Saturday, June 11th, 2011

Dorothy Gale pinafore, worn by Judy Garland in 'The Wizard of Oz'Debbie Reynolds, star of one of my favorite movies of all time Singin’ in the Rain, was fortunate and forward-thinking enough to purchase an enormous collection of movie memorabilia when the big studios starting selling off their historic costumes, props, art work, cameras, lights, everything but the bare walls, basically, in the early 1970s.

Reynolds explains the studios’ fire sales thus:

“Well, they [the major studios] just weren’t interested. These are real estate developers, and they’re not interested in motion pictures or the ‘history of.’ They’re not preservationists. They’re not people who are interested in preserving. They’re interested in liquidation, and people that are interested in liquidation are interested in money, and not interested in museums or in saving costumes. To them it’s a lot of junk and a lot of nothing to bother with, so they didn’t bother with it, and many people that cared purchased it.”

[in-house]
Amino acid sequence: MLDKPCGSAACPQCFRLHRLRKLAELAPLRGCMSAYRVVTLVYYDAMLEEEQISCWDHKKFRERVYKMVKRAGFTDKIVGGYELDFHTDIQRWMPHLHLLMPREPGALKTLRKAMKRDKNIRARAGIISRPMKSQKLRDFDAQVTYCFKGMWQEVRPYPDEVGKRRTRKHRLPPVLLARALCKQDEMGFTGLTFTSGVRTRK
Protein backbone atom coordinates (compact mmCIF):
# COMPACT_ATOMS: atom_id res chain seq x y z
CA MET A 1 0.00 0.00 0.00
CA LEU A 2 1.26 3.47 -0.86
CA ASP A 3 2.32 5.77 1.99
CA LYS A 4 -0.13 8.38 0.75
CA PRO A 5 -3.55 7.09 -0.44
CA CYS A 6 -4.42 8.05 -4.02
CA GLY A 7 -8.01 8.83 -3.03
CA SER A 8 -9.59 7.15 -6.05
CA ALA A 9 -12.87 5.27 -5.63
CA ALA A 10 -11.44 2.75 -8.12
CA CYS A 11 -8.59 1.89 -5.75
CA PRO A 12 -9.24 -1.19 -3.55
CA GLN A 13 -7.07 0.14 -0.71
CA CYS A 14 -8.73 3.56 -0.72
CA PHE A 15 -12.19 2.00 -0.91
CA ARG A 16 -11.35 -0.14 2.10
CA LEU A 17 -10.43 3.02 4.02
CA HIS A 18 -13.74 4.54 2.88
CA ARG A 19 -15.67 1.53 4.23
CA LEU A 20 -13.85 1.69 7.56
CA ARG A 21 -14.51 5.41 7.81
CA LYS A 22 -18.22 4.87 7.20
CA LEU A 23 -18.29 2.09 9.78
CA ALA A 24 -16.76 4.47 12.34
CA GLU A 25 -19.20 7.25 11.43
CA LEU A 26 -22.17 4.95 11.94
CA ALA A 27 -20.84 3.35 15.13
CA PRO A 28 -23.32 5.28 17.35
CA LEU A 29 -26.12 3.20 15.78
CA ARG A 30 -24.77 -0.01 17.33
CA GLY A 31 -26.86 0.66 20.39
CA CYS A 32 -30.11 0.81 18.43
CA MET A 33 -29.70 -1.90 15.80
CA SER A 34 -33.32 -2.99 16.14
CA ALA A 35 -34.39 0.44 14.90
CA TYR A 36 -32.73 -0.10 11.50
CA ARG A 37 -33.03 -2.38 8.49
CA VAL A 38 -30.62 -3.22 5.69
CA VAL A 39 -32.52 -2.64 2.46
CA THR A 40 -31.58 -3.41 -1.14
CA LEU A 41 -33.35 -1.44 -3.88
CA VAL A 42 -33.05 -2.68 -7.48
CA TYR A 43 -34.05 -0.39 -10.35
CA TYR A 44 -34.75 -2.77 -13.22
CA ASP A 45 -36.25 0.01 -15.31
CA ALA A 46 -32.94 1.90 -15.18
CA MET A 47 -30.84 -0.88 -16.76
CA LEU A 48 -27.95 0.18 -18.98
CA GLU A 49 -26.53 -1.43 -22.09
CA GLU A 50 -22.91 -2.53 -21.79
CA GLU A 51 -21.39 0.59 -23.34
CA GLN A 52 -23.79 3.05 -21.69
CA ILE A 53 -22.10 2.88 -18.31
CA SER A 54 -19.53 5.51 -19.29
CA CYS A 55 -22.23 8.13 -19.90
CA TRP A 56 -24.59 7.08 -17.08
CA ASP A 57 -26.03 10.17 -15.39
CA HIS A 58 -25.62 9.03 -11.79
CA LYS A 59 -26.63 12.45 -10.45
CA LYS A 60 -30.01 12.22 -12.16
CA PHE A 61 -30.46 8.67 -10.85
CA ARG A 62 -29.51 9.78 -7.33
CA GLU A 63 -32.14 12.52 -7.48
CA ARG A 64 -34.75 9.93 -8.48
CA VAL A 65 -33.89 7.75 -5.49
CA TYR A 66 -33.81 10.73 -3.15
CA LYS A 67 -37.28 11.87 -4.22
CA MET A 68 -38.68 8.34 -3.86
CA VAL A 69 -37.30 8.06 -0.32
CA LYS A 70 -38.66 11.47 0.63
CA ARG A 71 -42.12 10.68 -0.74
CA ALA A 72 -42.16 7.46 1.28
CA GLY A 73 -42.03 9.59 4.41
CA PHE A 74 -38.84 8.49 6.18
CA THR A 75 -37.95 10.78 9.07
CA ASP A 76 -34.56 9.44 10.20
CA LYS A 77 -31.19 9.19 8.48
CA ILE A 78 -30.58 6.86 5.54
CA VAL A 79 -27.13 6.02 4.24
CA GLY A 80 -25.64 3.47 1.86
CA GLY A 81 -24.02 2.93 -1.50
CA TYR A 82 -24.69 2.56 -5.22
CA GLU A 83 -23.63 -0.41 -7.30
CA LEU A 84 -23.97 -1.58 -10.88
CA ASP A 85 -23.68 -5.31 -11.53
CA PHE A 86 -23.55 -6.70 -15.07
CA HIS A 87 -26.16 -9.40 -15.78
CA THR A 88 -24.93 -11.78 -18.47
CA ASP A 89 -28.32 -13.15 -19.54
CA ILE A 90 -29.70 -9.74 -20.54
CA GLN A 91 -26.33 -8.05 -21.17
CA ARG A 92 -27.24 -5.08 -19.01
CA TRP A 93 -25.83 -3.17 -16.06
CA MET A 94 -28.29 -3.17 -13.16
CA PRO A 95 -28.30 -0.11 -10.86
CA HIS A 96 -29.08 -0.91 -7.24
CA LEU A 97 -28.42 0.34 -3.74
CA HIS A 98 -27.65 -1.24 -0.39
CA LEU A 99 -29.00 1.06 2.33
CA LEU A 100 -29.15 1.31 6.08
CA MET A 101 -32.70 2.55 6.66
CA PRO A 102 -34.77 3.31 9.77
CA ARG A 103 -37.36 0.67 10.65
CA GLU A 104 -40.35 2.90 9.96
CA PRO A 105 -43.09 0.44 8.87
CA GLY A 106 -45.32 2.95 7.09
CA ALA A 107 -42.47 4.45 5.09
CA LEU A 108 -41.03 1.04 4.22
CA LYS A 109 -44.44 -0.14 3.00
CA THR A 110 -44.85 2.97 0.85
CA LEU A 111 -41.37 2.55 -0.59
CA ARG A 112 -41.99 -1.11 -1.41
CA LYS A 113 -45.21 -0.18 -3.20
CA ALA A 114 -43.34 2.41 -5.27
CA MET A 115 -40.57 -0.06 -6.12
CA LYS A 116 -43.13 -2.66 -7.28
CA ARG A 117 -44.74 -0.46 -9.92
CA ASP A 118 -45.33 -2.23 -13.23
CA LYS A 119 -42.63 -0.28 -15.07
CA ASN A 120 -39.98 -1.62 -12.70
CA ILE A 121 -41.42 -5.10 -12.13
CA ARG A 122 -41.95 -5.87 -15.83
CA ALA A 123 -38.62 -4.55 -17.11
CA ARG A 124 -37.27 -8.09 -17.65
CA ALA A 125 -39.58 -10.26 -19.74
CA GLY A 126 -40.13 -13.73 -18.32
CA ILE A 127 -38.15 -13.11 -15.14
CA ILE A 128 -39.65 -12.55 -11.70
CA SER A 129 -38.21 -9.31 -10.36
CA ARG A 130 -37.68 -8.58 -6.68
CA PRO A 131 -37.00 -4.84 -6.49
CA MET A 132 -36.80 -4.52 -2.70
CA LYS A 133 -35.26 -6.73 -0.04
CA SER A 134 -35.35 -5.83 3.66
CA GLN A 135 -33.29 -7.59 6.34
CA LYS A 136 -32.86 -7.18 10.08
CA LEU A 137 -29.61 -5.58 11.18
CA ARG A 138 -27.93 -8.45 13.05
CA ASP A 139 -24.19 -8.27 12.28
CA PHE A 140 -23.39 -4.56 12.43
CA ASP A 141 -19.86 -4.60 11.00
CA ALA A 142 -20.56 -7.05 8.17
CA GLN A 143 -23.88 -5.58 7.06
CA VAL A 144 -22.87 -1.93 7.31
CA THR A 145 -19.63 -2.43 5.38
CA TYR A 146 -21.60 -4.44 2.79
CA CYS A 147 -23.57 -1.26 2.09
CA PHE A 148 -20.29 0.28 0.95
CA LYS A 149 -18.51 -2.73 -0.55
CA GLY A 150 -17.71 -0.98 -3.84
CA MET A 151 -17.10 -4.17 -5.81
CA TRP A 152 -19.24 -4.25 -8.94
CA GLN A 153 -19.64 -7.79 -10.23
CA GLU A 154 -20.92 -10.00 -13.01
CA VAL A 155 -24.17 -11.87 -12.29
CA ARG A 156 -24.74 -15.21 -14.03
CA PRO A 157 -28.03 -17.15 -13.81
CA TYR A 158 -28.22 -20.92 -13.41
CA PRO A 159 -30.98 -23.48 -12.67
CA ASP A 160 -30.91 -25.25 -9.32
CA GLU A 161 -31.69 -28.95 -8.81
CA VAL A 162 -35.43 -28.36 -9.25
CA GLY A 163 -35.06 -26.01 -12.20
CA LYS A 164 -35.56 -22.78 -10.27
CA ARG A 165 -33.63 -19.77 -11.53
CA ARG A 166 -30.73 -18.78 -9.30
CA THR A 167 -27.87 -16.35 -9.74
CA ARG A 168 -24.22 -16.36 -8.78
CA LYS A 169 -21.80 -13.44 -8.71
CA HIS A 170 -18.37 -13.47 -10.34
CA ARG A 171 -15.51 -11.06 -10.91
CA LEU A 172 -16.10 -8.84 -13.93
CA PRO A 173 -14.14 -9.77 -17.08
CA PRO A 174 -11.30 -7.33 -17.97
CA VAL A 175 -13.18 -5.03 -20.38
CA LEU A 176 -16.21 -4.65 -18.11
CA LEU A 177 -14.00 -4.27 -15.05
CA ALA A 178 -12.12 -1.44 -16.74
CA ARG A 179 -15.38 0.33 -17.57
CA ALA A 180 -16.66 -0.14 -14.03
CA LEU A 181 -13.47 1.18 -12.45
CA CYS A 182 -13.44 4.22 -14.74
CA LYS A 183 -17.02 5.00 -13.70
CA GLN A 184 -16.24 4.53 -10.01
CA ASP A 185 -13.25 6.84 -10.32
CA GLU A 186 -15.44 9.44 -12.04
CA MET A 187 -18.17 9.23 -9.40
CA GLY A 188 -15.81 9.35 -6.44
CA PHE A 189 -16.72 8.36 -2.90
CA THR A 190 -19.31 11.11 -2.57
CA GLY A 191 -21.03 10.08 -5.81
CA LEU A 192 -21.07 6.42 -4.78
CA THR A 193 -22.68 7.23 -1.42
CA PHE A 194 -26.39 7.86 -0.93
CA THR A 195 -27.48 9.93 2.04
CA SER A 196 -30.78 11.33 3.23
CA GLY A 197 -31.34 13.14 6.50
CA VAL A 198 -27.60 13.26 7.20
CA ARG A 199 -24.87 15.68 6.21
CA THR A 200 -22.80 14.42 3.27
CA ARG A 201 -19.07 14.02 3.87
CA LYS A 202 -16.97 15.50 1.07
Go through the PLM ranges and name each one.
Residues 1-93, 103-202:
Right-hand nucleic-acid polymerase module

Charlie Chaplin's Tramp bowler hatHer passion for collecting was born when she was but a teenager under contract to MGM. She was fascinated by the process of movie-making and spent hours in the costume department observing the designers make magic from a few words in the script. It wasn’t until MGM liquidated its inventory in 1970, with Fox following in their footsteps in 1972, however, that Reynolds found herself with the world’s largest collection of movie memorabilia, including many of the most memorable costumes worn by iconic stars like Judy Garland’s ruby slippers and pinafore dress as Dorothy, Marilyn Monroe’s halter dress blown up by the wind from the subway grating in The Seven Year Itch, Claudette Colbert’s gold lamé gown with emerald trim from Cleopatra, Charlie Chaplin’s Tramp bowler hat, and so much more.